The Colgate Comedy Hour (1950-1955) was a show that had the biggest comedians and entertainers as guest hosts. It featured of music, fun and gags. Last night I heard that the comedy legend Jerry Lewis has died at the age of 91. I took the news with a heavy heart since I've been a big time JL fan for many, many years. That was the reason I wanted to find something from the net with Mr. Lewis. And I found an episode of this show from 1955. There he teams with his old partner Dean Martin. They still have the chemistry left here, and it is a true joy to watch them perform 'Side by Side' together. And Jerry is his funny self when he makes Dino's pool playing impossible. How sad that they're both gone now. I hadn't seen this show before, but plan to see much more of it in the future.
I've been lucky enough to see five episodes of this golden age of TV pioneer. The high powered talent was only part of a top notch production. Two of those shows featured Abbott and Costello, who can be seen doing their "Who's on First?" routine and interacting with horror film legend Boris Karloff. The other three are Martin and Lewis shows, and actually made me laugh out loud more than a half century later, their work was that good. In fact, what's obvious from those shows is that there's a lot of ad-libbing going on, and the two seem like they're absolutely having the times of their life. If you find that DVD (the sleeve advertised two shows but actually contains three, all with original commercials, I found it for a dollar at a Dollar General store...talk about a buried treasure!) look for the bit part where Jerry teases two NBC studio cameramen. A true gem. And fans of old TV commercials won't be let down, either, by the catchy jingles and nice animation for Colgate toothpaste, Palmolive soap and shave cream, Halo shampoo or Fab detergent.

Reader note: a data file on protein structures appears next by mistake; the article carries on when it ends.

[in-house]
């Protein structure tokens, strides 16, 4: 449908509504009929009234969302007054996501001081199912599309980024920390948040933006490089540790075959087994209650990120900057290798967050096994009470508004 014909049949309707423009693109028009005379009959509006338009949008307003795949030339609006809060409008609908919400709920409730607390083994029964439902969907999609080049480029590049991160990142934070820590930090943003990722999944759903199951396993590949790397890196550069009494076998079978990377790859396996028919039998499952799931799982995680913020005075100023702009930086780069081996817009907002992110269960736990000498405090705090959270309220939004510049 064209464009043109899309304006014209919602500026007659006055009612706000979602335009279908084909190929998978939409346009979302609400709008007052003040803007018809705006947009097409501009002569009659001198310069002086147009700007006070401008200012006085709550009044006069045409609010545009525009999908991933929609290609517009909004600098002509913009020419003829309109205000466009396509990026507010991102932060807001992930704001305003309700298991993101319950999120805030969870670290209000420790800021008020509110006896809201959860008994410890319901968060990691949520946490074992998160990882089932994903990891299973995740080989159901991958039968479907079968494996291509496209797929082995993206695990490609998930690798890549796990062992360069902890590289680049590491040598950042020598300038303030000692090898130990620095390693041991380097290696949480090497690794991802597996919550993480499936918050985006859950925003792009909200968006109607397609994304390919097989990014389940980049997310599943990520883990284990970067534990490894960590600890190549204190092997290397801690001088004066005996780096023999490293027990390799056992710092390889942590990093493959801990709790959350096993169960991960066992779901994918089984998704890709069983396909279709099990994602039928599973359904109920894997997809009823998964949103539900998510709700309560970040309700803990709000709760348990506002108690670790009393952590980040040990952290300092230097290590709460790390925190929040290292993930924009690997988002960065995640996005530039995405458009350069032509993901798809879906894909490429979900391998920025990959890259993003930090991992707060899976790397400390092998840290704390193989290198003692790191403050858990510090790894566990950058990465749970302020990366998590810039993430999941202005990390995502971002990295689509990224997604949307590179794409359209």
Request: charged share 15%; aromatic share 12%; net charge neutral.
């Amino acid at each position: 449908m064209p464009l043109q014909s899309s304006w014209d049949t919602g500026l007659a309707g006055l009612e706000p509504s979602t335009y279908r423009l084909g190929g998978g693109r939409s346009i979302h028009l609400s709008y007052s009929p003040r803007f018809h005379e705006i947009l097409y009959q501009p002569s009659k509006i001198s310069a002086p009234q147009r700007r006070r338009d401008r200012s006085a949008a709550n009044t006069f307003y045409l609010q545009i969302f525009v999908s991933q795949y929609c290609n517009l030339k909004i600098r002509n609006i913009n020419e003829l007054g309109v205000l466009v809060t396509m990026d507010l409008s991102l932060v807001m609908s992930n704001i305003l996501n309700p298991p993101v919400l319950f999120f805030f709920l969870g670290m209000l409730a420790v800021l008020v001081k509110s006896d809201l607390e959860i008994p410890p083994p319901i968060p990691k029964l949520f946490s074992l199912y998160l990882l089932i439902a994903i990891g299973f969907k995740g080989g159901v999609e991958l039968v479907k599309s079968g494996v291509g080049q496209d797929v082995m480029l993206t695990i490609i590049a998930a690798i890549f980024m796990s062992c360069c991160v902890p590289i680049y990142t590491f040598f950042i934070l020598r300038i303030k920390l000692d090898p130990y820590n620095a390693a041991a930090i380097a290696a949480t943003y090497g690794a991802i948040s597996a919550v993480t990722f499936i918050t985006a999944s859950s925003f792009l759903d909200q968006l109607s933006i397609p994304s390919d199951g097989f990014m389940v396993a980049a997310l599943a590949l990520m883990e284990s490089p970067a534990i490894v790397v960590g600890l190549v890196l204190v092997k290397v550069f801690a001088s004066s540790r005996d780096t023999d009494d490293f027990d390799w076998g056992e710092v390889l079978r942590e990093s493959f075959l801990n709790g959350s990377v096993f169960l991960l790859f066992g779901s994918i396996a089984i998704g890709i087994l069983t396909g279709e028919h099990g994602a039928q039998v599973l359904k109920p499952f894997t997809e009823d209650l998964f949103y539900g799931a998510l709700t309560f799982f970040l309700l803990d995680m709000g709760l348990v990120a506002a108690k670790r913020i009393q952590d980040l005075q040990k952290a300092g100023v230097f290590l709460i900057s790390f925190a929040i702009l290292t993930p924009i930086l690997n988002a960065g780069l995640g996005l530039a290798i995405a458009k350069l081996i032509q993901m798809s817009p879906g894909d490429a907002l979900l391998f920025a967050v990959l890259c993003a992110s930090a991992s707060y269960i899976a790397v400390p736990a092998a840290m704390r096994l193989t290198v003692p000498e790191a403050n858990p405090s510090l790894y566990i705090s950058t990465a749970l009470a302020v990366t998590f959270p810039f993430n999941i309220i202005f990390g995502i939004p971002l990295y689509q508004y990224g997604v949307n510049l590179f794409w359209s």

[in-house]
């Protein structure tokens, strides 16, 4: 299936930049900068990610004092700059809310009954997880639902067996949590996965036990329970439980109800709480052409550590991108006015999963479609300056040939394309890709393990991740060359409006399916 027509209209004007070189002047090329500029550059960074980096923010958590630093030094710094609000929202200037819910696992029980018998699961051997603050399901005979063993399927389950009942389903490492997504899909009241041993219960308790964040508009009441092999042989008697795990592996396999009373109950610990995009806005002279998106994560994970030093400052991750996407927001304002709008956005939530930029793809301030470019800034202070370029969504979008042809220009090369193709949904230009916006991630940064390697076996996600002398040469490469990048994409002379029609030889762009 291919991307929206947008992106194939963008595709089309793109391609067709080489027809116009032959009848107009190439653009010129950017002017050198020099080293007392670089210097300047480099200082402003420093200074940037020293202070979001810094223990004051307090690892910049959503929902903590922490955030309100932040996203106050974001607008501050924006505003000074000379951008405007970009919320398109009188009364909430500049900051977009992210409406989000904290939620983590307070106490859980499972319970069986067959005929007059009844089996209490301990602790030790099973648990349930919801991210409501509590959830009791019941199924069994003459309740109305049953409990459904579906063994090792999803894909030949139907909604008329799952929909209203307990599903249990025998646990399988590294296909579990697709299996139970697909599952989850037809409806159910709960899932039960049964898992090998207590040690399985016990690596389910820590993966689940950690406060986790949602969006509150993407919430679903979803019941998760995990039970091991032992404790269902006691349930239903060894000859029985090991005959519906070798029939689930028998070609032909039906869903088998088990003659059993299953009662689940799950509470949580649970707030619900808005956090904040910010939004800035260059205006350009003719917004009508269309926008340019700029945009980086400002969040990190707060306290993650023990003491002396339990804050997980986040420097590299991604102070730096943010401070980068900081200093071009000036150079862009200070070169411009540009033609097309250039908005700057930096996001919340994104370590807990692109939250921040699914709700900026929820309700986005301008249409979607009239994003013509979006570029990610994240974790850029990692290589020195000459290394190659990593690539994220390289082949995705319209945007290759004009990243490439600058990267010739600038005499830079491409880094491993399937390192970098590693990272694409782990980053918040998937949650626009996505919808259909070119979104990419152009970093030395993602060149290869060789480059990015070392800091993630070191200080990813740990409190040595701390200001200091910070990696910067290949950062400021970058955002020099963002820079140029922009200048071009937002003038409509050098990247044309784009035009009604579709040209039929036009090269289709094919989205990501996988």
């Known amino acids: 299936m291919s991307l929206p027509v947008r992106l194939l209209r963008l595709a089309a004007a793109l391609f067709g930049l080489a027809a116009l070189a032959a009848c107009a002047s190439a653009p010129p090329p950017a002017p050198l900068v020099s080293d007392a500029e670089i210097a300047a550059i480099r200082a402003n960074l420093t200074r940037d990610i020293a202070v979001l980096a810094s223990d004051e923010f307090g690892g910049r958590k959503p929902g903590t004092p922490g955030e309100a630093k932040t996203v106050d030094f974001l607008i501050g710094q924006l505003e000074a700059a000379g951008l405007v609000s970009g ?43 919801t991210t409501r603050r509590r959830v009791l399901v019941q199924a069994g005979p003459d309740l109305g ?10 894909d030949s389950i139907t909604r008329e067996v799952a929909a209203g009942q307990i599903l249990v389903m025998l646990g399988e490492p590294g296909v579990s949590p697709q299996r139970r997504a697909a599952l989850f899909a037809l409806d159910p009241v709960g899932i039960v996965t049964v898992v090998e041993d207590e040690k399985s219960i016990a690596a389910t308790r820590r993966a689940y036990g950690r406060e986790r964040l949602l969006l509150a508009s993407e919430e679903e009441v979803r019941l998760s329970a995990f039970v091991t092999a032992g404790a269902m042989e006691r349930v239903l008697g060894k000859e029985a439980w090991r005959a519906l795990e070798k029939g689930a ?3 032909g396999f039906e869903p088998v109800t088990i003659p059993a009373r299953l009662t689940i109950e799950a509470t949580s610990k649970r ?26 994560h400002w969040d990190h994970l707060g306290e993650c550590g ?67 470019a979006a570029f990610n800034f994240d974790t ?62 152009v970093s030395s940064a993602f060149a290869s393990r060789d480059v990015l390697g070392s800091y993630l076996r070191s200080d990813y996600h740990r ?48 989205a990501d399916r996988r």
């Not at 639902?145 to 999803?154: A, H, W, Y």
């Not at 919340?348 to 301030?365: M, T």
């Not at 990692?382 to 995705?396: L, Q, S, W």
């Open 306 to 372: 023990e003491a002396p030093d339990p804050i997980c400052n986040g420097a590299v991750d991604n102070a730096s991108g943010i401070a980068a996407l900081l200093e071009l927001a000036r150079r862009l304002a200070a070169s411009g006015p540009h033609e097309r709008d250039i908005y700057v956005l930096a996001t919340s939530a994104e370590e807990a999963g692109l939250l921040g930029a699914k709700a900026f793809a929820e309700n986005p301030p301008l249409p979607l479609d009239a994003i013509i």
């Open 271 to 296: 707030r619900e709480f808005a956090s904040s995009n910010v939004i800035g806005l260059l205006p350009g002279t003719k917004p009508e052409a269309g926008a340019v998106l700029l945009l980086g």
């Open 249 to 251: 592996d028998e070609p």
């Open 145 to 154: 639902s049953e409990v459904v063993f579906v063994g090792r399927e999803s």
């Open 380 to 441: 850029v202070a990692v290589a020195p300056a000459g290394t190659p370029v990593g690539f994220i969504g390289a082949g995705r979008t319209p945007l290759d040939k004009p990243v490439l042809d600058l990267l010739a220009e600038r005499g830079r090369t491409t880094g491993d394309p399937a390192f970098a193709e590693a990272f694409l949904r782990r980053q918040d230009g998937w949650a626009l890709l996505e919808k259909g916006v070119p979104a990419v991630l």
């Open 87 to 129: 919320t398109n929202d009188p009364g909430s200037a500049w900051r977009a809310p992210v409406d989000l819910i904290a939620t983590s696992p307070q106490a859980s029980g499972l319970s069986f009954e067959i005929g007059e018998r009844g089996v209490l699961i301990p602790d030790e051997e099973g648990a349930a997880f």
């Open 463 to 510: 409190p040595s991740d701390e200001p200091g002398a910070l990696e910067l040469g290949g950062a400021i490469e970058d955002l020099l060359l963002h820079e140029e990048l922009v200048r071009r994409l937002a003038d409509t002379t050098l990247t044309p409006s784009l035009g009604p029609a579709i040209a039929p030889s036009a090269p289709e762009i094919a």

I own a DVD that is entitled "The Abbott & Costello Show". But it's actually two episodes of "The Colgate Comedy Hour". From what I have seen it looked like a good show. But again I have only seen two shows. Both shows were hosted by Abbott & Costello and they were hilarious. It featured many different skits and bits including the "Two Tens For a Five". And of course it had everyone's favorite "Who's on First?". I really enjoyed the quick banter between the two. I heard the best Abbott & Costello routines are the ones preformed in front of a live audience. Costello was great at ad-libbing and it shows here. I have only seen a couple of the Martin & Lewis movies and they were good. So I'm guessing the ones hosted by them were good too. I really recommend this to anyone who likes comedy and especially anyone who hasn't seen the "Who's on First?" bit. It's classic stuff.